The South Carolina legislature is in session. Outside the sun is bright, but within, darkness prevails, the drool is deep, the slime is thick, and the chamber resounds with flatulence.
That august body has distinguished itself a few times this year. Most recently we’ve been telling you about The Little Girl and the Creationists, Part 2, but there was an earlier outbreak of creationism. The legislature has been wrestling with the blasphemous notion of teaching — gasp! — science in their public schools. Our last post on that was South Carolina Science Standards — No Problem? But there is a problem, and it’s complicated.
The state’s Education Oversight Committee is “an independent, nonpartisan group made up of 18 educators, business people, and elected officials who have been appointed by the legislature and governor to enact the South Carolina Education Accountability Act of 1998. The Act sets standards for improving the state’s K-12 educational system.” The state’s standards were last updated in 2005, and they’re being revised now — but whatever the Oversight Committee does isn’t final. Their work has to go to another bureaucracy. It’s a brilliant system.
The Oversight Committee sends its work to the State Board of Education. That “consists of 17 members, one appointed from each of the state’s 16 judicial circuits by the legislative delegations representing the various circuits and one member appointed by the governor. Members are appointed for four-year terms.”
It’s a deliberately disorderly process, one which disperses responsibility, and we’re not certain what happens after those two bodies act. It may be that after the Board of Education works its bureaucratic magic — the legislature has to give final approval. That remains to be seen.
The current status of creationist teaching is reported in the Post and Courier of Charleston, South Carolina. At their website we read South Carolina Education Oversight Committee approves biology standards requiring students to learn arguments for/against evolution. Here are some excerpts, with bold font added by us:
New language for high school biology standards is headed for consideration to the State Board of Education that would have students learn “the controversy.” The S.C. Education Oversight Committee on Monday sent proposed language to the board that would require biology students to construct scientific arguments that seem to support and seem to discredit Darwinism.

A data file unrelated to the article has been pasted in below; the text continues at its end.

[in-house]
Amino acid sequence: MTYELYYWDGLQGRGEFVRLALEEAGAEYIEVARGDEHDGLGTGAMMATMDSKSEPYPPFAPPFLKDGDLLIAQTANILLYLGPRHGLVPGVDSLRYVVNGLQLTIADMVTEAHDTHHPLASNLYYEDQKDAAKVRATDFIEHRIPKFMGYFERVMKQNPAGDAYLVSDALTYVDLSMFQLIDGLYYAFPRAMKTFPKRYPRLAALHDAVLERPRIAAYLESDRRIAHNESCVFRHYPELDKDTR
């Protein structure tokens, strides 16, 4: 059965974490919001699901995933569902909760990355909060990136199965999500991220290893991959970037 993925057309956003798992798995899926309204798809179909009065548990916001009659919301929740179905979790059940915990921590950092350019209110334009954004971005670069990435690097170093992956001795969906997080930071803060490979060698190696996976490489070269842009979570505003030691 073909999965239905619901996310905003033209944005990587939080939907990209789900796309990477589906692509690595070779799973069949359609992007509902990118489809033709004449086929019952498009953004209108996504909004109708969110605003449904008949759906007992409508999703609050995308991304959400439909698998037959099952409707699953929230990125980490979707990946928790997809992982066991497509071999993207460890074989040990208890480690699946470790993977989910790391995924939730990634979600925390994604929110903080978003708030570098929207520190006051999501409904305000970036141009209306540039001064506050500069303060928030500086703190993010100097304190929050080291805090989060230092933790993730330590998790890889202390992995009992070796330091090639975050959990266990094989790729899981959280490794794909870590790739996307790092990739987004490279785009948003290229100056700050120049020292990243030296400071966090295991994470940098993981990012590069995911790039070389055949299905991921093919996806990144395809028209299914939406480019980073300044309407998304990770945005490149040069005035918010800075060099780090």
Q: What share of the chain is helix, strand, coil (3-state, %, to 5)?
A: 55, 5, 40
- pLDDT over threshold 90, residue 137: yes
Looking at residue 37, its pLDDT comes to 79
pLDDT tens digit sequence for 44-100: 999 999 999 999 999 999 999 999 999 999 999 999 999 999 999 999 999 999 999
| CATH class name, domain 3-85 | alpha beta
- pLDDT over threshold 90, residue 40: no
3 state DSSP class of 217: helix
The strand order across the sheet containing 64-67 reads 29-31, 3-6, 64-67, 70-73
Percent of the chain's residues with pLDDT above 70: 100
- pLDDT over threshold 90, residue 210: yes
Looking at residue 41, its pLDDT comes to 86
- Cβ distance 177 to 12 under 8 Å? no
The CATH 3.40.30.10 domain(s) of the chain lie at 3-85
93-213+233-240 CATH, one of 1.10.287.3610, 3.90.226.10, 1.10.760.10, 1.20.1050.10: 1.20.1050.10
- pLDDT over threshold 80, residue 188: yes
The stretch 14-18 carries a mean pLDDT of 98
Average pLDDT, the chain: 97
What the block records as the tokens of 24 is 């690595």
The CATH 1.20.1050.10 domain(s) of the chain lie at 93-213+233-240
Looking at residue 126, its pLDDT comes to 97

Lordy, lordy. We understand that decision was made in a 7-4 vote, and that it was being promoted by state Senator Mike Fair. We wrote about that back in February — see South Carolina Battle over Science Standards. He has a long history of promoting creationism. Back in 2008 we wrote South Carolina — Creationism in Science Class? Like now, Fair was in the state Senate then, and he introduced an Academic Freedom Bill in the South Carolina State Legislature. It didn’t pass, but he hasn’t given up. Wikipedia has a writeup on him: Mike Fair. Moving along with the latest news:
The decision [by the Oversight Committee] comes more than two months after the subject became a divisive issue for many in the Palmetto State and nationally in February, when Sen. Mike Fair, R-Greenville, voiced opposition during the review and approval of a new set of science standards for 2014. At the time, Fair argued against teaching natural selection as fact, adding there are other theories students deserve to learn. He said the best way for students to learn was for the schools to teach “the controversy.” On Monday, he reiterated his stance.
“We must teach the controversy,” Fair said. “There’s another side. I’m not afraid of the controversy. … That’s the way most of us learn best.”
It looks like Fair is getting what he wants. What’s the situation now? The newspaper talks about reaction to the new “teach the controversy” language being sent by the Oversight Committee to the Board of Education:
Its passing [the Oversight Committee] was “frustrating,” “irritating” and “disappointing” to Rob Dillon, a College of Charleston biology professor and president of South Carolinians for Science Education. Dillon said this measure is part of an effort to sneak creationism into public schools. “There are no scientific arguments that discredit natural selection,” Dillon said. “There are exactly zero scientific arguments that discredit natural selection. What there are is about 10,000 religious arguments that seek to weaken natural selection.”
What’s the next step? Here’s one more excerpt:
Monday’s recommendation now goes back to the board of education. For the EOC’s recommendation to be included in the state’s standards, both bodies must agree on what the language should say. Otherwise, the state keeps the current language.
What does that mean? It would appear that if the Board of Education doesn’t agree with what Mike Fair and the Oversight Committee have done, the state will stay with the 2005 standards. But we’re not sure. This one isn’t over yet.
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